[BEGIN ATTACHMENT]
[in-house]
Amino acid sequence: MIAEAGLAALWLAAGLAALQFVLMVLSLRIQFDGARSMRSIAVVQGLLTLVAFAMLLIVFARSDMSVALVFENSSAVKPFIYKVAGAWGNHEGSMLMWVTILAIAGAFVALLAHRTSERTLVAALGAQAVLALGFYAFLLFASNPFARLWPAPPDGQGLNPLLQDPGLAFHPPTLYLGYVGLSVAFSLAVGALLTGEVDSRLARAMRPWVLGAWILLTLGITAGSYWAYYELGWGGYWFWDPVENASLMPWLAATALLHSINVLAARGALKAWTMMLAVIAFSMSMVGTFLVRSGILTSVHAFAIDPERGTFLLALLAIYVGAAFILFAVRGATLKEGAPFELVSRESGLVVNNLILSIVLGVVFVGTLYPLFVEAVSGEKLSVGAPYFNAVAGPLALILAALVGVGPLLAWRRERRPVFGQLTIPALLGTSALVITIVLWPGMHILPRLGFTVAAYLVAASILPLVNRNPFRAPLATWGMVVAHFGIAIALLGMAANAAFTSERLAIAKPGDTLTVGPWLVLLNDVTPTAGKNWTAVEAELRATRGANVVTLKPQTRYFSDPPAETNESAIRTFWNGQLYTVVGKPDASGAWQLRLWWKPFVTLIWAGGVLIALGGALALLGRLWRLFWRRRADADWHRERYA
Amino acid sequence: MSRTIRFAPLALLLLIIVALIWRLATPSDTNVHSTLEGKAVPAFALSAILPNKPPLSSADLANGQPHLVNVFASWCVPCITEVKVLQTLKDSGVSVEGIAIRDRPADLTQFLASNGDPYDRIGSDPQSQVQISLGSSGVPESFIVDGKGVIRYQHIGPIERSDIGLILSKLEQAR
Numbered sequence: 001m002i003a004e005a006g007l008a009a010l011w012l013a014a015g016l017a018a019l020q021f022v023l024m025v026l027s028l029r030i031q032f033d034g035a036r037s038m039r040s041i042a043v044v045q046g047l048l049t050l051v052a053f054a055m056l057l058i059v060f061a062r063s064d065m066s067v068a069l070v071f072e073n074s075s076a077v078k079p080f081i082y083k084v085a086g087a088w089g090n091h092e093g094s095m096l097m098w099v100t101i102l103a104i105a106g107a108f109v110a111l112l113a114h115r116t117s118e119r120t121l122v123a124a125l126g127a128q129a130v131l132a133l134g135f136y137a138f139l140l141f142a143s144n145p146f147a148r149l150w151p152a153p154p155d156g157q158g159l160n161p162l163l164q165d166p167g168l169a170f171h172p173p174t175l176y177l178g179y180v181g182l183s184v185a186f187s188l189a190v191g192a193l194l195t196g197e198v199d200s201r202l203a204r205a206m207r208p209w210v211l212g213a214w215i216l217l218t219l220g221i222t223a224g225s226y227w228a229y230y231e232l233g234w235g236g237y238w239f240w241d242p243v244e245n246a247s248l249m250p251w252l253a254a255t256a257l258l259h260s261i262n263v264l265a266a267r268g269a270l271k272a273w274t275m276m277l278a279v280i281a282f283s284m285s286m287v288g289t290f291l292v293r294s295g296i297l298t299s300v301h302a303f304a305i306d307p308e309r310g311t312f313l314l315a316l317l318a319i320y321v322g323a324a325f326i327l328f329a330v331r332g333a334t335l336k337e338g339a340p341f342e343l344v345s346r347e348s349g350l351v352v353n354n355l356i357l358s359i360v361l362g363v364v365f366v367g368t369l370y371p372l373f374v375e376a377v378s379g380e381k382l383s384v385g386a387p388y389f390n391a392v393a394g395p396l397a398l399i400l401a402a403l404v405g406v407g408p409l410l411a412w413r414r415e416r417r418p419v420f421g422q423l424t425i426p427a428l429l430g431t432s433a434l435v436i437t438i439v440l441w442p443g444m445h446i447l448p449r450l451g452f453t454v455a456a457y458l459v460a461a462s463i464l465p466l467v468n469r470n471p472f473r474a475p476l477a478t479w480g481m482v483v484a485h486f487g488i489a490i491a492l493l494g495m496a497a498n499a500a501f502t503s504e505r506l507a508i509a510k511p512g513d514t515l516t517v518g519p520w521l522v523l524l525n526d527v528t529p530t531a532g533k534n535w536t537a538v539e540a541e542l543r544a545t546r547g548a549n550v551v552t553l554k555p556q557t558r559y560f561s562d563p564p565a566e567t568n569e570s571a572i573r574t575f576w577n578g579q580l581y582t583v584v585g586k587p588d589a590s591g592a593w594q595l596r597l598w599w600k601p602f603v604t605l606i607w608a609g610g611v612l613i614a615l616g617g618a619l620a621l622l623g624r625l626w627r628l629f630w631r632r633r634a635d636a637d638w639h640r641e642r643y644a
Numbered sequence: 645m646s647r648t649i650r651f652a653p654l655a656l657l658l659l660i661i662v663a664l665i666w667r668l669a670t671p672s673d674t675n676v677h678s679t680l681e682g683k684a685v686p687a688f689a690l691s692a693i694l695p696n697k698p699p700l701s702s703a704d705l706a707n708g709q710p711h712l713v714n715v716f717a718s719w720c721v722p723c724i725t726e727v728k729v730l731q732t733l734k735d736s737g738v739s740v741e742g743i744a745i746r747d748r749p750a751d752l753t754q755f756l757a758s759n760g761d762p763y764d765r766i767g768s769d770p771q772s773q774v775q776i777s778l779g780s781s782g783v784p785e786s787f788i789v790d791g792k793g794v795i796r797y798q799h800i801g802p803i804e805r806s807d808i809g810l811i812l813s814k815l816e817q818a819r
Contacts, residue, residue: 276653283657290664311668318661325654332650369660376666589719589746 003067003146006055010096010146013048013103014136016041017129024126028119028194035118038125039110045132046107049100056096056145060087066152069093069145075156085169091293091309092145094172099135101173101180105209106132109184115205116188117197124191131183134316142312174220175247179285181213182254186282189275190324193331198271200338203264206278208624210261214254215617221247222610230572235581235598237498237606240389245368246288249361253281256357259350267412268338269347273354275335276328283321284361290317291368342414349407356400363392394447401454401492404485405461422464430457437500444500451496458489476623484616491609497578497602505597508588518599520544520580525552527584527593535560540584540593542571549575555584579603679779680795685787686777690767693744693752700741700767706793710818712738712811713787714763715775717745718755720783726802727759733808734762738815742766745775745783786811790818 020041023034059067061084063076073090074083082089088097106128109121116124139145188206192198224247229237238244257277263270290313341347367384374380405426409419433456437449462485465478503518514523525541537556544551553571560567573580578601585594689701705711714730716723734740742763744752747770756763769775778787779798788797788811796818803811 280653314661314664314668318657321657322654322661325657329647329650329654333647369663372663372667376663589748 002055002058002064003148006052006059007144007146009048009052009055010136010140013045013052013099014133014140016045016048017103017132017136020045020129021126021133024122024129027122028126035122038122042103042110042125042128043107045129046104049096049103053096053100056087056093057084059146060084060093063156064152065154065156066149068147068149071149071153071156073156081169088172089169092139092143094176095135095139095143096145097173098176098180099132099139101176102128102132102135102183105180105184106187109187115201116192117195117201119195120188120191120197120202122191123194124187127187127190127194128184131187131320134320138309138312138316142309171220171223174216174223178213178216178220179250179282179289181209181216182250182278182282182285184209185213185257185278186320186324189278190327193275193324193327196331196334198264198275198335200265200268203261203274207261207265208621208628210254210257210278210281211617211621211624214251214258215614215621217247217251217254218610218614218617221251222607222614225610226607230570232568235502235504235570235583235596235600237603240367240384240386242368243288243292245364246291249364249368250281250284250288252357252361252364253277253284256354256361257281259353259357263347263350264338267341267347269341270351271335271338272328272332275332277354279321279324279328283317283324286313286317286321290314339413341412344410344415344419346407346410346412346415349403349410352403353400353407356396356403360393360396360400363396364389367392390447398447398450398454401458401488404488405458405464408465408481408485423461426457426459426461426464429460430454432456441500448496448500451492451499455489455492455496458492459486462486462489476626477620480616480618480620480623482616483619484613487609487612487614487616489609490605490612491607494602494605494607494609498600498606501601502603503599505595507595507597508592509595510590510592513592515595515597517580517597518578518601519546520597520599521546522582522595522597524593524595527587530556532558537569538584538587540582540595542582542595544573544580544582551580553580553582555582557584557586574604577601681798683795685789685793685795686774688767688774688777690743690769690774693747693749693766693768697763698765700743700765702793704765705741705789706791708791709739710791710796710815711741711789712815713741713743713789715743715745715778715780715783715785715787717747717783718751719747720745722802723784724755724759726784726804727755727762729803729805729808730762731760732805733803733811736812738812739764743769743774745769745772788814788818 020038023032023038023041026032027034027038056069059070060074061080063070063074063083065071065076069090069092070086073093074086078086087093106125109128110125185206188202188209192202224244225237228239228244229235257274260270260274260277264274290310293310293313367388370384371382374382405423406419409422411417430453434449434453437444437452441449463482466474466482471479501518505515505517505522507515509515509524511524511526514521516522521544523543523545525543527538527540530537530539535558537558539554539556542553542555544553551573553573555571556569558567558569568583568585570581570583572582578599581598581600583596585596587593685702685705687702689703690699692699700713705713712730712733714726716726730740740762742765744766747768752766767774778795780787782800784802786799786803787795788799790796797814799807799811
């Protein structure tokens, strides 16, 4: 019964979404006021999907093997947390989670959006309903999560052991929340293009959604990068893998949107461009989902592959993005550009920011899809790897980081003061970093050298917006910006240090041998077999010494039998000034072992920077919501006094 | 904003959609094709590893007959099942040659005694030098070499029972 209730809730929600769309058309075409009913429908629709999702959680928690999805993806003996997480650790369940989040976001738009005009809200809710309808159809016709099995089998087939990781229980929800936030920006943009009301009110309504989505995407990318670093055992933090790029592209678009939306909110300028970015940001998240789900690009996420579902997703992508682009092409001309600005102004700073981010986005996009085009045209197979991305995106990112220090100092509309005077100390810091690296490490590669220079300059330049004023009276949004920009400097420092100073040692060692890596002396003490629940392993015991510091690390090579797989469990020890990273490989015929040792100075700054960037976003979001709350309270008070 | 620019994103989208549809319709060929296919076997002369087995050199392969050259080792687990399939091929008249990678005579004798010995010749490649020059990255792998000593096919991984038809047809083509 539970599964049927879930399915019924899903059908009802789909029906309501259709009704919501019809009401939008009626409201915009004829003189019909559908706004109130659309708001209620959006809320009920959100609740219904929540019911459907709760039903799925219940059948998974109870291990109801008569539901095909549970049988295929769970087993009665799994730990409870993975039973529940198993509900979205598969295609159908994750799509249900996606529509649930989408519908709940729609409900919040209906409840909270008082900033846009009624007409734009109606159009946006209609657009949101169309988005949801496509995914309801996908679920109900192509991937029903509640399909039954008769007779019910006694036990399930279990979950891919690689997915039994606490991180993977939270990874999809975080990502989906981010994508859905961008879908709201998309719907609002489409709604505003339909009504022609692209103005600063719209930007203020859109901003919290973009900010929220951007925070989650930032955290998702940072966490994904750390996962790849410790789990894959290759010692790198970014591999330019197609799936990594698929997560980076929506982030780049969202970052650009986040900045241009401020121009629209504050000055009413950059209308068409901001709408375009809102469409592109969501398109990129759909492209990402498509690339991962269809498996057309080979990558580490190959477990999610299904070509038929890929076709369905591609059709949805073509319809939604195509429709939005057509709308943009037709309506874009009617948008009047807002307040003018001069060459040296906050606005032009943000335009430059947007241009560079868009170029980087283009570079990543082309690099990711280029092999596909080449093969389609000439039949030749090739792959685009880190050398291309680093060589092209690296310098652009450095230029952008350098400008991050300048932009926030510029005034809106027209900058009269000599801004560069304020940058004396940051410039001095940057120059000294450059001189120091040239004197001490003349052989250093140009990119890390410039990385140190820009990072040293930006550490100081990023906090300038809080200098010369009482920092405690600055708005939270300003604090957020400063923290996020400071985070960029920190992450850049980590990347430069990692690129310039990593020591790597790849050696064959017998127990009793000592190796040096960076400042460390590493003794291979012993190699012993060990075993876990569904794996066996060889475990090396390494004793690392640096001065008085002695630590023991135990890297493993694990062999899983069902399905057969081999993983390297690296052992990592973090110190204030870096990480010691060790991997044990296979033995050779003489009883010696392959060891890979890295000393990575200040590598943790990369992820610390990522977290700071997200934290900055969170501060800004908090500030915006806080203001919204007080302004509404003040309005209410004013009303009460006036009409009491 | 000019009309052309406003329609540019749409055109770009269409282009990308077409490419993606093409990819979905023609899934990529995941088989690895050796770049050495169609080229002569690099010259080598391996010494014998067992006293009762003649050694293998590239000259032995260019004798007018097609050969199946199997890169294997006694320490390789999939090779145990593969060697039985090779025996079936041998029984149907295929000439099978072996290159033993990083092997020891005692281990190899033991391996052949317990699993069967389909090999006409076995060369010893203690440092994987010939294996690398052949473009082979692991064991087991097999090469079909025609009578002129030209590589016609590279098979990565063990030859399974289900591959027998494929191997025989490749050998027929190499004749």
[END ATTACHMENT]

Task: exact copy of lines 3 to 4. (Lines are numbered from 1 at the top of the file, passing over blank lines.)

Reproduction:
Amino acid sequence: MSRTIRFAPLALLLLIIVALIWRLATPSDTNVHSTLEGKAVPAFALSAILPNKPPLSSADLANGQPHLVNVFASWCVPCITEVKVLQTLKDSGVSVEGIAIRDRPADLTQFLASNGDPYDRIGSDPQSQVQISLGSSGVPESFIVDGKGVIRYQHIGPIERSDIGLILSKLEQAR
Numbered sequence: 001m002i003a004e005a006g007l008a009a010l011w012l013a014a015g016l017a018a019l020q021f022v023l024m025v026l027s028l029r030i031q032f033d034g035a036r037s038m039r040s041i042a043v044v045q046g047l048l049t050l051v052a053f054a055m056l057l058i059v060f061a062r063s064d065m066s067v068a069l070v071f072e073n074s075s076a077v078k079p080f081i082y083k084v085a086g087a088w089g090n091h092e093g094s095m096l097m098w099v100t101i102l103a104i105a106g107a108f109v110a111l112l113a114h115r116t117s118e119r120t121l122v123a124a125l126g127a128q129a130v131l132a133l134g135f136y137a138f139l140l141f142a143s144n145p146f147a148r149l150w151p152a153p154p155d156g157q158g159l160n161p162l163l164q165d166p167g168l169a170f171h172p173p174t175l176y177l178g179y180v181g182l183s184v185a186f187s188l189a190v191g192a193l194l195t196g197e198v199d200s201r202l203a204r205a206m207r208p209w210v211l212g213a214w215i216l217l218t219l220g221i222t223a224g225s226y227w228a229y230y231e232l233g234w235g236g237y238w239f240w241d242p243v244e245n246a247s248l249m250p251w252l253a254a255t256a257l258l259h260s261i262n263v264l265a266a267r268g269a270l271k272a273w274t275m276m277l278a279v280i281a282f283s284m285s286m287v288g289t290f291l292v293r294s295g296i297l298t299s300v301h302a303f304a305i306d307p308e309r310g311t312f313l314l315a316l317l318a319i320y321v322g323a324a325f326i327l328f329a330v331r332g333a334t335l336k337e338g339a340p341f342e343l344v345s346r347e348s349g350l351v352v353n354n355l356i357l358s359i360v361l362g363v364v365f366v367g368t369l370y371p372l373f374v375e376a377v378s379g380e381k382l383s384v385g386a387p388y389f390n391a392v393a394g395p396l397a398l399i400l401a402a403l404v405g406v407g408p409l410l411a412w413r414r415e416r417r418p419v420f421g422q423l424t425i426p427a428l429l430g431t432s433a434l435v436i437t438i439v440l441w442p443g444m445h446i447l448p449r450l451g452f453t454v455a456a457y458l459v460a461a462s463i464l465p466l467v468n469r470n471p472f473r474a475p476l477a478t479w480g481m482v483v484a485h486f487g488i489a490i491a492l493l494g495m496a497a498n499a500a501f502t503s504e505r506l507a508i509a510k511p512g513d514t515l516t517v518g519p520w521l522v523l524l525n526d527v528t529p530t531a532g533k534n535w536t537a538v539e540a541e542l543r544a545t546r547g548a549n550v551v552t553l554k555p556q557t558r559y560f561s562d563p564p565a566e567t568n569e570s571a572i573r574t575f576w577n578g579q580l581y582t583v584v585g586k587p588d589a590s591g592a593w594q595l596r597l598w599w600k601p602f603v604t605l606i607w608a609g610g611v612l613i614a615l616g617g618a619l620a621l622l623g624r625l626w627r628l629f630w631r632r633r634a635d636a637d638w639h640r641e642r643y644a